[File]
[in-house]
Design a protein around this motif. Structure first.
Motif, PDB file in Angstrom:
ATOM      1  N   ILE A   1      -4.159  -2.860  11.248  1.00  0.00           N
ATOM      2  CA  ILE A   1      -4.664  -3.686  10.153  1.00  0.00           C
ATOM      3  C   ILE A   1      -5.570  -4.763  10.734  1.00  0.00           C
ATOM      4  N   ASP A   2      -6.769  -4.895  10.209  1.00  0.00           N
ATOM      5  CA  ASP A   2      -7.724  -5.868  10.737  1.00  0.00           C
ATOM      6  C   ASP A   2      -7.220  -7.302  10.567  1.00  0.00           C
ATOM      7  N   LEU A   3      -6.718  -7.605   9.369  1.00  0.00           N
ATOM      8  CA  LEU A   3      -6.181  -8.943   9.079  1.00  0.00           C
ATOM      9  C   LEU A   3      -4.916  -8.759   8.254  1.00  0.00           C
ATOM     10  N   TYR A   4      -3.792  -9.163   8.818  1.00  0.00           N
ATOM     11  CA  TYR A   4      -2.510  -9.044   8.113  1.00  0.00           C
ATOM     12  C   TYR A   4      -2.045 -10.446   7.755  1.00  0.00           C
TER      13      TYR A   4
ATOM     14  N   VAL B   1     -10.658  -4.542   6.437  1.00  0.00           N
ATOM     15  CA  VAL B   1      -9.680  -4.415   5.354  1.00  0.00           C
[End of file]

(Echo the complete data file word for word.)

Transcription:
[in-house]
Design a protein around this motif. Structure first.
Motif, PDB file in Angstrom:
ATOM      1  N   ILE A   1      -4.159  -2.860  11.248  1.00  0.00           N
ATOM      2  CA  ILE A   1      -4.664  -3.686  10.153  1.00  0.00           C
ATOM      3  C   ILE A   1      -5.570  -4.763  10.734  1.00  0.00           C
ATOM      4  N   ASP A   2      -6.769  -4.895  10.209  1.00  0.00           N
ATOM      5  CA  ASP A   2      -7.724  -5.868  10.737  1.00  0.00           C
ATOM      6  C   ASP A   2      -7.220  -7.302  10.567  1.00  0.00           C
ATOM      7  N   LEU A   3      -6.718  -7.605   9.369  1.00  0.00           N
ATOM      8  CA  LEU A   3      -6.181  -8.943   9.079  1.00  0.00           C
ATOM      9  C   LEU A   3      -4.916  -8.759   8.254  1.00  0.00           C
ATOM     10  N   TYR A   4      -3.792  -9.163   8.818  1.00  0.00           N
ATOM     11  CA  TYR A   4      -2.510  -9.044   8.113  1.00  0.00           C
ATOM     12  C   TYR A   4      -2.045 -10.446   7.755  1.00  0.00           C
TER      13      TYR A   4
ATOM     14  N   VAL B   1     -10.658  -4.542   6.437  1.00  0.00           N
ATOM     15  CA  VAL B   1      -9.680  -4.415   5.354  1.00  0.00           C